The mouse T (Brachyury) deletion causes defective mesoderm formation and notochord morphogenesis, and abnormalities in the caudal neural tube and somites. Messenger RNA levels of Evx-1 (Drosophila homolog: Even-skipped), Wnt-3a and Wnt-5a (Vertebrate homologs of Drosophila Wingless) decreases in T/T embryos late in gastrulation, although earlier expression patterns are similar to control embryos. In contrast, BMP-4 (Drosophila homolog: Decapentaplegic) and Msx-1 (Drosophila homolog: Muscle segment homeobox) expression patterns remain similar throughout the period studied. Pax-3 and Pax-6 (Drosophila homolog: Eyeless), which are expressed in specific dorsoventral domains of the neural tube, both have ventrally extended expression domains in caudal T/T neural tube. This is consistent with a missing ventral signal provided by the notochord. However, the expression of Msx-1 in the most dorsal domain of the neural tube is unaltered in T/T embryos. Pax-1 and Pax-3, which are expressed in the sclerotome and dermamyotome respectively, are expressed correctly in anterior T/T somites, although the Pax-3 expression domain is widened ventromedially. This extension into ventromedial somite domains is more pronounced caudally, supporting a function for the notochord in ventralizing somites (Rashbass, 1994).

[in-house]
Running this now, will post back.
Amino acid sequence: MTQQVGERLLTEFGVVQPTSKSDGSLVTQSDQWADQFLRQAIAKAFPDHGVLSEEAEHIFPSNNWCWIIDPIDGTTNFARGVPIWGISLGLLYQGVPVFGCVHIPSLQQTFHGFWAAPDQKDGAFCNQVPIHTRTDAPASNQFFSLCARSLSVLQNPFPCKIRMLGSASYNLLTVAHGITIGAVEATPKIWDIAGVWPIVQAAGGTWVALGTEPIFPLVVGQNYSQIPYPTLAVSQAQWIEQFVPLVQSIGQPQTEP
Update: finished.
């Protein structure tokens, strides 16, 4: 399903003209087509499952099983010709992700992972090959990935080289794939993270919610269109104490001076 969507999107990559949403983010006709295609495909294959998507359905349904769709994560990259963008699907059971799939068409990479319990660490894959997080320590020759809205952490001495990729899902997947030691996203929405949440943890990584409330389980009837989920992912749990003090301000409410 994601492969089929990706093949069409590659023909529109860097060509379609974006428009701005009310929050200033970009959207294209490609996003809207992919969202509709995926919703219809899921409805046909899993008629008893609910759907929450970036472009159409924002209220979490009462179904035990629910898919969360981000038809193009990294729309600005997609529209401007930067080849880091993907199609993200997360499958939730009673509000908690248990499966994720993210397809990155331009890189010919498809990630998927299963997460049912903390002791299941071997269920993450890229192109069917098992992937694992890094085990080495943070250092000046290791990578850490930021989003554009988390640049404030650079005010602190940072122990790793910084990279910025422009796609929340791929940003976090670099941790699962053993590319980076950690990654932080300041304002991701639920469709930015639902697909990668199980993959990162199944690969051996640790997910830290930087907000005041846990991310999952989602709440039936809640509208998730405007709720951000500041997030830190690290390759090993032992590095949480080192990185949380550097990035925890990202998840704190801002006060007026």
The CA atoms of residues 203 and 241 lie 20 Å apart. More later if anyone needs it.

The regulation of transcription factors HNF-3alpha and HNF-3beta has been studied during the retinoic acid-mediated differentiation of mouse P19 cells. Retinoic acid treatment converts P19 stem cells into neurons and astrocytes and gene expression of both HNF-3alpha and HNF-3beta is activated during this process. HNF-3alpha transcription is detected 2 h after addition of retinoic acid and takes place in the absence of de novo protein synthesis. This suggests that HNF-3alpha is a primary target for retinoic acid action. HNF-3alpha induction displays a biphasic profile; HNF-3alpha mRNA reaches maximal levels at 2 and 6 days postdifferentiation. Additional experiments strongly suggest that the second peak is due to HNF-3alpha induction in postmitotic neurons. In contrast, P19 stem cells do not contain any detectable HNF-3alpha mRNA. According to these studies, the retinoic acid-mediated induction of HNF-3alpha occurs at the level of transcriptional initiation and is conferred by distal promoter sequences. In comparison to HNF-3alpha, HNF-3beta induction is a subsequent event and detectable levels of HNF-3beta mRNA materialize approximately 1 day after addition of retinoic acid to P19 stem cells. Time course studies firmly demonstrate that HNF-3beta mRNA peaks at about 2 days postdifferentiation and then declines to virtually unreadable levels. This temporal pattern is consistent with HNF-3beta being a secondary target for retinoic acid. In analogy to HNF-3alpha, HNF-3beta activation also takes place at the level of transcriptional initiation. Recent studies implicate HNF-3alpha and HNF-3beta in early mammalian neurogenesis (Jacob, 1997)